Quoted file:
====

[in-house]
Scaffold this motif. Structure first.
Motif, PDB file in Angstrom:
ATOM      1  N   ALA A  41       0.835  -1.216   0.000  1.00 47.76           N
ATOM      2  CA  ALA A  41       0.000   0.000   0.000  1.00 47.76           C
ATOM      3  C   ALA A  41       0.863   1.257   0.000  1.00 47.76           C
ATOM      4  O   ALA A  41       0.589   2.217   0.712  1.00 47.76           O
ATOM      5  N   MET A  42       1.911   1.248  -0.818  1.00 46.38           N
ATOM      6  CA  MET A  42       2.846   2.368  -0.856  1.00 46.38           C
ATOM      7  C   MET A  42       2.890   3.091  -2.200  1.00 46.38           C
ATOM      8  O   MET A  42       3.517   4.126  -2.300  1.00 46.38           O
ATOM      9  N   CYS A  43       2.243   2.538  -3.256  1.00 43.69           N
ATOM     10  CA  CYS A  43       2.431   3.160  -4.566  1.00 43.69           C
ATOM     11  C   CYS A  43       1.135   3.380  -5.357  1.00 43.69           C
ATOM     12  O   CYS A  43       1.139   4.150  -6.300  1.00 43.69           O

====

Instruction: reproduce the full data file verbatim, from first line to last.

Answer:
[in-house]
Scaffold this motif. Structure first.
Motif, PDB file in Angstrom:
ATOM      1  N   ALA A  41       0.835  -1.216   0.000  1.00 47.76           N
ATOM      2  CA  ALA A  41       0.000   0.000   0.000  1.00 47.76           C
ATOM      3  C   ALA A  41       0.863   1.257   0.000  1.00 47.76           C
ATOM      4  O   ALA A  41       0.589   2.217   0.712  1.00 47.76           O
ATOM      5  N   MET A  42       1.911   1.248  -0.818  1.00 46.38           N
ATOM      6  CA  MET A  42       2.846   2.368  -0.856  1.00 46.38           C
ATOM      7  C   MET A  42       2.890   3.091  -2.200  1.00 46.38           C
ATOM      8  O   MET A  42       3.517   4.126  -2.300  1.00 46.38           O
ATOM      9  N   CYS A  43       2.243   2.538  -3.256  1.00 43.69           N
ATOM     10  CA  CYS A  43       2.431   3.160  -4.566  1.00 43.69           C
ATOM     11  C   CYS A  43       1.135   3.380  -5.357  1.00 43.69           C
ATOM     12  O   CYS A  43       1.139   4.150  -6.300  1.00 43.69           O